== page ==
Don’t Just Know the Facts, Know What They Mean

A command of the facts is essential to managing claims effectively.  Equally important is the ability to understand what the facts mean in context.  Deer hunting is still a popular pastime in Wisconsin.  As such, one avenue for investigating whether a person’s condition is as disabling as they claim is to find out if they hold a deer hunting license.  The idea being that a person who is able to hunt for deer is probably less disabled than they claim.  The inference is strongest in the case of hunting with a bow and arrow because compound bows require significant strength to use and their shorter range (compared to a gun) generally requires the hunter to climb into a tree stand to hunt.  Deer are also heavy, which would make it difficult for a lone hunter to deal with the animal after a successful kill.  You will note that several assumptions are required to make the leap from the premise “claimant possesses a deer hunting license” to the conclusion that “the claimant is less disabled than alleged.”

The assumptions need to be teased out before the fact of possessing a hunting license can be used to infer less disability than alleged.  Take the following hypothetical:  a relatively young person who is right-handed alleges a disabling work-related right shoulder injury (rotator cuff and SLAP tear) that prevents him from returning to his former occupation that requires he be able to lift up to 100 pounds to his waist occasionally and 15-25 pounds above his shoulder frequently.  In the course of the investigation, the claims professional discovers that the employee obtained a license enabling him to hunt deer in Wisconsin with a crossbow.  The claims professional considers this to be a red flag and evidence that he is not as disabled as he claims.  She sets up an independent medical examination and informs the expert of this fact, expecting it to be significant.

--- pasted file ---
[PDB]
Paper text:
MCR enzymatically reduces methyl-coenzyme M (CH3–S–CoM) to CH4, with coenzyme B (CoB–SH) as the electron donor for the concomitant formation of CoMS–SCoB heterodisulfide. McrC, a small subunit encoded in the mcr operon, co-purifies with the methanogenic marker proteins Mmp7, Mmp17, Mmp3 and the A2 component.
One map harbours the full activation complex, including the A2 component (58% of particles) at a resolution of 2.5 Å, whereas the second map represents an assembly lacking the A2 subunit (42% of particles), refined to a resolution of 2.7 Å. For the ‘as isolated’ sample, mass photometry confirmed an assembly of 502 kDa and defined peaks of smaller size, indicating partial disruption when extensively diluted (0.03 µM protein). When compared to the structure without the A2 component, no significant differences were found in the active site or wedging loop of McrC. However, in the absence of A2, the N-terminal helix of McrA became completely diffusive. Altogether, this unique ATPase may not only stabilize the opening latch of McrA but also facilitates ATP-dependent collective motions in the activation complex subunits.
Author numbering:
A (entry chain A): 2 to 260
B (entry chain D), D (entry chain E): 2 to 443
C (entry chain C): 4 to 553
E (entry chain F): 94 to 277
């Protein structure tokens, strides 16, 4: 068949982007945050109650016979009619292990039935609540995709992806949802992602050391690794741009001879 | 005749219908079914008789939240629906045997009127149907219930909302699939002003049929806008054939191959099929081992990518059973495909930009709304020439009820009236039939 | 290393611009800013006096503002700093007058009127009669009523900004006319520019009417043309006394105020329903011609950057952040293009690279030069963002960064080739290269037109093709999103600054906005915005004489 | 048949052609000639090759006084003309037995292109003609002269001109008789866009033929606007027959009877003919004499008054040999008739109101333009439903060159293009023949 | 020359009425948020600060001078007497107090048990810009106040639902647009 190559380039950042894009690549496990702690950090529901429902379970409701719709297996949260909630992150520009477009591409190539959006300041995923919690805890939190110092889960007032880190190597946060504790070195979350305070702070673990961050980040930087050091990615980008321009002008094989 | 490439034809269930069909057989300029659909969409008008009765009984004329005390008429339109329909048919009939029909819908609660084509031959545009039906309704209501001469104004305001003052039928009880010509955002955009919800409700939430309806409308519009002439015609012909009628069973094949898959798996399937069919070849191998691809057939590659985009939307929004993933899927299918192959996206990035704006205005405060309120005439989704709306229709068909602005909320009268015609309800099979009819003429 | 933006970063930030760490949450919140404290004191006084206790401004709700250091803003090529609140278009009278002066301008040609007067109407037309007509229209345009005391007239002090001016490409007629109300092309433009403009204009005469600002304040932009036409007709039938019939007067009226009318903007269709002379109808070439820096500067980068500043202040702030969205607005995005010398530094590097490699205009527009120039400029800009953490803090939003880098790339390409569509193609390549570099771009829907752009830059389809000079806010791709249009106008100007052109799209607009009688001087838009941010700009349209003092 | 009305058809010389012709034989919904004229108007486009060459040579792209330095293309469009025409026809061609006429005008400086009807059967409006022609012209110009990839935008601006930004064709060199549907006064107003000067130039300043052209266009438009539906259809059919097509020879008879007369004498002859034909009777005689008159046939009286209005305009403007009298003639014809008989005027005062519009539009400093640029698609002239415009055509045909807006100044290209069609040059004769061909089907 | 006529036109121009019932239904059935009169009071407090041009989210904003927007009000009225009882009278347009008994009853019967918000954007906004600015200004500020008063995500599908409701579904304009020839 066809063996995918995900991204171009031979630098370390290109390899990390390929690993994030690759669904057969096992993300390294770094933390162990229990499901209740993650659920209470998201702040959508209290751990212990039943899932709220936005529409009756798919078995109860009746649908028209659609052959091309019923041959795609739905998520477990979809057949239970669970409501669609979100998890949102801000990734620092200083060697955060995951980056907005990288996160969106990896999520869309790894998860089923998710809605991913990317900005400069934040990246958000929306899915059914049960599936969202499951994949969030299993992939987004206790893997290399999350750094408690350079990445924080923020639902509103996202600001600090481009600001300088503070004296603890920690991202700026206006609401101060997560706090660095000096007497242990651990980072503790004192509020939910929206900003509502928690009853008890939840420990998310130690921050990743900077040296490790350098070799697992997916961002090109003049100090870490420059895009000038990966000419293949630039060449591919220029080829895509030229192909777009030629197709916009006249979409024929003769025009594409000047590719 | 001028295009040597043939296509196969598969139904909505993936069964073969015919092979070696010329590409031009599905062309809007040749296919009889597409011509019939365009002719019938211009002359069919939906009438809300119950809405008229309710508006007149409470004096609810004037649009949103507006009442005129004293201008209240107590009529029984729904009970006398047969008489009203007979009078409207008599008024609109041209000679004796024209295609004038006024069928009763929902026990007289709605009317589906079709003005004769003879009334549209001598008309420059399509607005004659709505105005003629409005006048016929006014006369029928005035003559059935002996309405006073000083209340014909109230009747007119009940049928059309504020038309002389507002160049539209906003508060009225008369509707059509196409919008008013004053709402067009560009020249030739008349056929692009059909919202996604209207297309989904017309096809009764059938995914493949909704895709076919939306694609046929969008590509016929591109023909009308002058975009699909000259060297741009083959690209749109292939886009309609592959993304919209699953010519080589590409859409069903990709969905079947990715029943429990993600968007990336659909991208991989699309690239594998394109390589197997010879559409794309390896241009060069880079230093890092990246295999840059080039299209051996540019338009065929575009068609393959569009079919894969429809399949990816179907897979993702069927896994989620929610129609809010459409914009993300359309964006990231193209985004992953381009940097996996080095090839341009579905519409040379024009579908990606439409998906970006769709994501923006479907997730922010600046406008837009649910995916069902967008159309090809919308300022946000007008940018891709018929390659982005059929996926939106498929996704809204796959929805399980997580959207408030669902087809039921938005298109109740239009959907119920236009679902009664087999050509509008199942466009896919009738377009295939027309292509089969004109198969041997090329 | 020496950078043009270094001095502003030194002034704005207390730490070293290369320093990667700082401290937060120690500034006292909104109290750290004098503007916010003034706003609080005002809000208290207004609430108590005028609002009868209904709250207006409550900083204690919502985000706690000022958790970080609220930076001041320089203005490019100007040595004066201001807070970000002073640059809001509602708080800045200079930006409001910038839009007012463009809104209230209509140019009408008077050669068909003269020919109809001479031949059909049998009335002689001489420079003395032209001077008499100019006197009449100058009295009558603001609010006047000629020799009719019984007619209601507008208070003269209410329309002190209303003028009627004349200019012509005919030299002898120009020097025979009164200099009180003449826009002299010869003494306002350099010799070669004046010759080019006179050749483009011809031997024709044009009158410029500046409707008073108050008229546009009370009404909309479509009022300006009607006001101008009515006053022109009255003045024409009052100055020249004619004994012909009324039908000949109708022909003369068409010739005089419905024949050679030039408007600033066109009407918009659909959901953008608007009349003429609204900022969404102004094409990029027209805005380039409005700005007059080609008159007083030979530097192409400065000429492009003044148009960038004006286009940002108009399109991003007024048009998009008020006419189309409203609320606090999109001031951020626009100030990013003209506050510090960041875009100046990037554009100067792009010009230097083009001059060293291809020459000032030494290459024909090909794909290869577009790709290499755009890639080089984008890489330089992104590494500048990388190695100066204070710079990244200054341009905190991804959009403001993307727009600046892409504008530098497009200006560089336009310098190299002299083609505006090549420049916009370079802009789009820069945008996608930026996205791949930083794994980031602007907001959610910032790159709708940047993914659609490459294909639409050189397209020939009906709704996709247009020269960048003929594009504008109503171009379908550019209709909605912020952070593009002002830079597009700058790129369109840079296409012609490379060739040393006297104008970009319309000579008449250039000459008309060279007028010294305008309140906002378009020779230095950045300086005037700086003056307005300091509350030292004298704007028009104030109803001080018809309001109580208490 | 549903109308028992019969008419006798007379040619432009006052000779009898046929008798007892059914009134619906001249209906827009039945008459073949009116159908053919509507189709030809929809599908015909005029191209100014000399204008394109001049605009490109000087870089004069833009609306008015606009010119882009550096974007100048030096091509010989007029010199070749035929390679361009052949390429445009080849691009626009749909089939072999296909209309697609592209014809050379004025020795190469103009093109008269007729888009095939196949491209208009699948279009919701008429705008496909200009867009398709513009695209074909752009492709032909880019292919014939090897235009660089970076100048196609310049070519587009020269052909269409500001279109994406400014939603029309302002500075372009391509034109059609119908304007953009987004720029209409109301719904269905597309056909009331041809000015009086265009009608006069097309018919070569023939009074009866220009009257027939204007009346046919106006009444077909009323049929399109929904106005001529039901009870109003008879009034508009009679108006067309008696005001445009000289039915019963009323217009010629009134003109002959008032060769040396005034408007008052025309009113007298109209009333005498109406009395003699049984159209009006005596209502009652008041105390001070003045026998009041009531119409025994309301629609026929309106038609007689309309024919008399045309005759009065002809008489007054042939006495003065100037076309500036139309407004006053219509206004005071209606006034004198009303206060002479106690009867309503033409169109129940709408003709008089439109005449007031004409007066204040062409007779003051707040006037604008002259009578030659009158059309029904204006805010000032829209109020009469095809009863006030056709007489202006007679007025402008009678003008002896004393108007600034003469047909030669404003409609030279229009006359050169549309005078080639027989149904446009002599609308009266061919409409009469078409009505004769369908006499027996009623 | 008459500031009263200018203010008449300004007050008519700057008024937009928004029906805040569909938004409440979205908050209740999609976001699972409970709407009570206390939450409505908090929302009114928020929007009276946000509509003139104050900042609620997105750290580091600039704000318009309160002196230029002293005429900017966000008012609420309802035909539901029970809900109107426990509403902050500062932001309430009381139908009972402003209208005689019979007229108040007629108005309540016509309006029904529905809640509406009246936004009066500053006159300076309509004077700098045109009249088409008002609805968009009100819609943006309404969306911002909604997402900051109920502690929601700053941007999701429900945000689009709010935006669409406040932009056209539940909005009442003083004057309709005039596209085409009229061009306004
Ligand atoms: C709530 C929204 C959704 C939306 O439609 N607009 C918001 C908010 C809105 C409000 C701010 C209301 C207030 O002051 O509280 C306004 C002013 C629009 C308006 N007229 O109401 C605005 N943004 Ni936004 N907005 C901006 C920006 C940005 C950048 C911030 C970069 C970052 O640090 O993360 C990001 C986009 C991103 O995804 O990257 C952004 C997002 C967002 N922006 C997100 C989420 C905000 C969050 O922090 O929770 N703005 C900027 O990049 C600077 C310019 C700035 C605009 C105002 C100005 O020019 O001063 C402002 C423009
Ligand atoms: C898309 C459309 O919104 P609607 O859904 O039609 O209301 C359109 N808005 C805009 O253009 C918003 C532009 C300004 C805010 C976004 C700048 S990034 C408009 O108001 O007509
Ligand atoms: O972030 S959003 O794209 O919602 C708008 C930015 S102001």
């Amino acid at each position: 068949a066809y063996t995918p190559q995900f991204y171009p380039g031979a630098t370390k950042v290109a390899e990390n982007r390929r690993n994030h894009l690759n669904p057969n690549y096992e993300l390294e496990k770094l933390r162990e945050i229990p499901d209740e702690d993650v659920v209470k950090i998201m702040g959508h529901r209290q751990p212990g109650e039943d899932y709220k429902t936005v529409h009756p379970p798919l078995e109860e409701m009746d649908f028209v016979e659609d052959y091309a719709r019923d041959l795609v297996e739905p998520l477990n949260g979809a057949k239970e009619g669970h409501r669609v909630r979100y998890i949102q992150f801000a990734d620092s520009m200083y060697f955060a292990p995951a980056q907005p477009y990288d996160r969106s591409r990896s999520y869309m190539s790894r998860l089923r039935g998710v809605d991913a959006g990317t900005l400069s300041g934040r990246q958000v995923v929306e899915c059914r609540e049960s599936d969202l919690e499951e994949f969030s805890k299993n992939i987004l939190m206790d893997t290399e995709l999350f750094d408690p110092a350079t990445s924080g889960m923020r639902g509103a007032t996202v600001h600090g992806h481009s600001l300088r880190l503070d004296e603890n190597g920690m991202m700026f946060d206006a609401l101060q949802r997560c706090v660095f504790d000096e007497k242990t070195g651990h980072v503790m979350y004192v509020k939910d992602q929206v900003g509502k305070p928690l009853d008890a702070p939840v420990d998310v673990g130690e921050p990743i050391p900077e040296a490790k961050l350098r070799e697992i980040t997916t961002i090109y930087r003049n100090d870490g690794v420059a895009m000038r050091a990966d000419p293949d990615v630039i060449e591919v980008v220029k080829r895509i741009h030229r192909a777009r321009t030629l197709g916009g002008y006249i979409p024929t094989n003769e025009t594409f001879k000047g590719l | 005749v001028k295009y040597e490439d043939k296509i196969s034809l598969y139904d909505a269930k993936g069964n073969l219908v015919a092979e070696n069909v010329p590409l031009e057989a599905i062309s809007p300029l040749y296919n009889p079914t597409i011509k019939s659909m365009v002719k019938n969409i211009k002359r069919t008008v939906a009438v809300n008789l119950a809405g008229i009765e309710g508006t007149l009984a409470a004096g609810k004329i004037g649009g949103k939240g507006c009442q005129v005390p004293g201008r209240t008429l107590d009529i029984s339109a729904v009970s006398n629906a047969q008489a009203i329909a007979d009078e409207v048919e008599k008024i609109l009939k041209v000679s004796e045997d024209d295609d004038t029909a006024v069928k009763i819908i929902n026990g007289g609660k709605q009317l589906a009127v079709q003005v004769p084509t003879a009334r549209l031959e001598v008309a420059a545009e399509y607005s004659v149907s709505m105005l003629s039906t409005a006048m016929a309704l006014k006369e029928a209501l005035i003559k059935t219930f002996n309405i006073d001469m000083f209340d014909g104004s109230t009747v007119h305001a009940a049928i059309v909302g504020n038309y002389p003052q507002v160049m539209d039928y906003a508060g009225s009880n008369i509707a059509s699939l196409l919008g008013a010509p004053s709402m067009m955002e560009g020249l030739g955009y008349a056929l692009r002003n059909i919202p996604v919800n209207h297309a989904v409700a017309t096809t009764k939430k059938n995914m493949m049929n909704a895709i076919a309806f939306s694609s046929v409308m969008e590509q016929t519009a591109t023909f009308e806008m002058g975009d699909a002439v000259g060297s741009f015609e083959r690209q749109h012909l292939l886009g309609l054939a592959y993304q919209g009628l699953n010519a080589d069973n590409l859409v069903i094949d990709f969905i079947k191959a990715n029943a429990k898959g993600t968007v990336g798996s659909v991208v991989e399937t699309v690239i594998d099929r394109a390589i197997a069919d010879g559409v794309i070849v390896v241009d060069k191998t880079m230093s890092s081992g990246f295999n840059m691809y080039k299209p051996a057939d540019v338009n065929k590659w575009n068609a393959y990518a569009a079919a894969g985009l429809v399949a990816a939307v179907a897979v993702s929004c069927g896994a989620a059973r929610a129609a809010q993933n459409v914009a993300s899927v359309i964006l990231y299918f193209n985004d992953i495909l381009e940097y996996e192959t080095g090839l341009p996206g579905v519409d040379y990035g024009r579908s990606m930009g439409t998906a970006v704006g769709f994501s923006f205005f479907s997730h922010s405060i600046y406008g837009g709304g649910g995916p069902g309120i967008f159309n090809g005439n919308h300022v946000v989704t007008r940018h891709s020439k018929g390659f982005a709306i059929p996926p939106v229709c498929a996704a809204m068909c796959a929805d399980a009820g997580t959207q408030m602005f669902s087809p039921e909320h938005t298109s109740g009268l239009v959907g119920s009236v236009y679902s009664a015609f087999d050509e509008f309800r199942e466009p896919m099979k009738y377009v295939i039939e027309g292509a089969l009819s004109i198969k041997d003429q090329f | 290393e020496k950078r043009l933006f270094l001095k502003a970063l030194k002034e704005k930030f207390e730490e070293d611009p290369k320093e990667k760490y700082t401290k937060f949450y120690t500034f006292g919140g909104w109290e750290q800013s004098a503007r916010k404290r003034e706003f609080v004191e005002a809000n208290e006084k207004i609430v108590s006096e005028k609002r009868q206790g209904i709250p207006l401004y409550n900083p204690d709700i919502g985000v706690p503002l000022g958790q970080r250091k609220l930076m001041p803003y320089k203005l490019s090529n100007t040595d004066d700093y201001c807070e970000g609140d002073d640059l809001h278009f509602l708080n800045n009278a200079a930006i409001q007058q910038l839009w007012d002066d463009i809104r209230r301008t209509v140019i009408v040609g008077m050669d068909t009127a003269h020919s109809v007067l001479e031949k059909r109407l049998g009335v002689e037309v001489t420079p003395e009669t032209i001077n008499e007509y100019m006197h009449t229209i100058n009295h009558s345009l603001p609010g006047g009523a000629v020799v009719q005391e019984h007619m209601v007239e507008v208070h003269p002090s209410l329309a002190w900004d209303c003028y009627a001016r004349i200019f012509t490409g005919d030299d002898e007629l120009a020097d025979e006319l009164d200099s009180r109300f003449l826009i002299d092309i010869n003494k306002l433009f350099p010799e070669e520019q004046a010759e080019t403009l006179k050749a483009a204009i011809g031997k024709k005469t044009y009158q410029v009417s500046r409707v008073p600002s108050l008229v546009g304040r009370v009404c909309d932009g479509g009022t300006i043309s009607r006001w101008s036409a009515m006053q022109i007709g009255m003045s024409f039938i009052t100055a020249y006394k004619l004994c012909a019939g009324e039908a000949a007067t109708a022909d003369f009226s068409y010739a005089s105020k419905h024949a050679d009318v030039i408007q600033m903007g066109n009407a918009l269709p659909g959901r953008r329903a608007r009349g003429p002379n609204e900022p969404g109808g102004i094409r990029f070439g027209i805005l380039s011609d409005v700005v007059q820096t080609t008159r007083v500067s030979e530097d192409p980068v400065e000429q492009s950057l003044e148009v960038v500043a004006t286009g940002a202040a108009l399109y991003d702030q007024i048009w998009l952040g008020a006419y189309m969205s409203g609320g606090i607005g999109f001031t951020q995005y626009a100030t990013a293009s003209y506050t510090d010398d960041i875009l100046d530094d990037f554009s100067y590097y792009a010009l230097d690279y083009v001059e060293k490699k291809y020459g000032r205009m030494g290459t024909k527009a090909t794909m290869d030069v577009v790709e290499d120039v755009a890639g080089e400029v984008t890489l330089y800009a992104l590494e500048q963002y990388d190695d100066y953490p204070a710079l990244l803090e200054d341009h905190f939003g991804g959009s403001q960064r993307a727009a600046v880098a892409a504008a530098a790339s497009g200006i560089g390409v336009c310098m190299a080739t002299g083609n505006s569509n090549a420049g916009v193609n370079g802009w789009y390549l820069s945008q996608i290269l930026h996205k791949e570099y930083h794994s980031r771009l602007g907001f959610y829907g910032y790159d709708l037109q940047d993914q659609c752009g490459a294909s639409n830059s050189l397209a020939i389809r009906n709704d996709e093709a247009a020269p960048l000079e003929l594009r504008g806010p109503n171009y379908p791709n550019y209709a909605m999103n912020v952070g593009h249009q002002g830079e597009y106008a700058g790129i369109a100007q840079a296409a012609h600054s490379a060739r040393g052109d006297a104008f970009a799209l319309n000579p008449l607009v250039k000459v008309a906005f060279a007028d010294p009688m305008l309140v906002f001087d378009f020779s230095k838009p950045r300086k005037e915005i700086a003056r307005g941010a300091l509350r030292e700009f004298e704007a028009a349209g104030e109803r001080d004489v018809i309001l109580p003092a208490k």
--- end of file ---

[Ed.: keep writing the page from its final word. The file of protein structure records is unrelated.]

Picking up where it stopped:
The question we must consider is whether the employee’s crossbow hunting license is in fact evidence that he is not as disabled as he alleges.  The first thing we need to know is a bit about crossbow hunting in Wisconsin.  Until 2014, the only persons who could obtain a crossbow license to hunt deer were persons with a physical disability that prevented them from being able to use a vertical (and typically compound) bow.  This should immediately give us pause in our analysis since it suggests that the employee’s license very well may have been obtained because his right shoulder condition prevents him from using a standard vertical compound bow.  This possibility is bolstered when one considers that the draw weight (how many pounds of force are required to draw the string back) on a compound bow for an average-sized man will be around 60 pounds.  For a right-handed shooter this puts a tremendous amount of stress on the right, or draw-hand shoulder. 

But what about dealing with a deer that has been shot and killed?  Wouldn’t that be physically difficult?  It is true that most whitetail deer killed in Wisconsin will weigh over 100 pounds, with some bucks tipping the scales at well over 200 pounds.  Obviously field dressing, dragging a deer out of a field or woods, and lifting into a vehicle would require significant effort.  However, we are again making assumptions about what physical activity the employee is doing.  We must consider the possibility that the employee uses a four wheeler to get to his hunting location, as many hunters now use four wheelers.  We must also consider the possibility that a hunter with a four wheeler also has a power lift on the vehicle to help get the carcass off the ground and onto the four wheeler.  In addition, we must consider the possibility that the employee hunts with other people and will have assistance if he makes a kill.  The point is that we cannot infer from the employee’s license to hunt deer with a crossbow that he will engage in physical activity exceeding his alleged level of disability. 

The above scenario demonstrates the importance of not only knowing the facts of a claim but also of knowing what those facts mean.  Without a clear understanding of what the facts mean, one can misinterpret how the facts effect the claim.  In the above scenario, it is possible that the claim could be considered suspect based on the assumption that a person seeking a hunting license is probably less disabled than they claim to be.  However, knowing a bit more about hunting suggests the fact that a person who claims to have a disabling shoulder injury and seeks a crossbow hunting license is probably behaving consistently with the alleged disability.  Not drawing out the most reasonable inferences from the known facts could very well compromise one’s ability to effectively administer a claim.  Investigate carefully, but know what the facts turned up in the investigation really mean.

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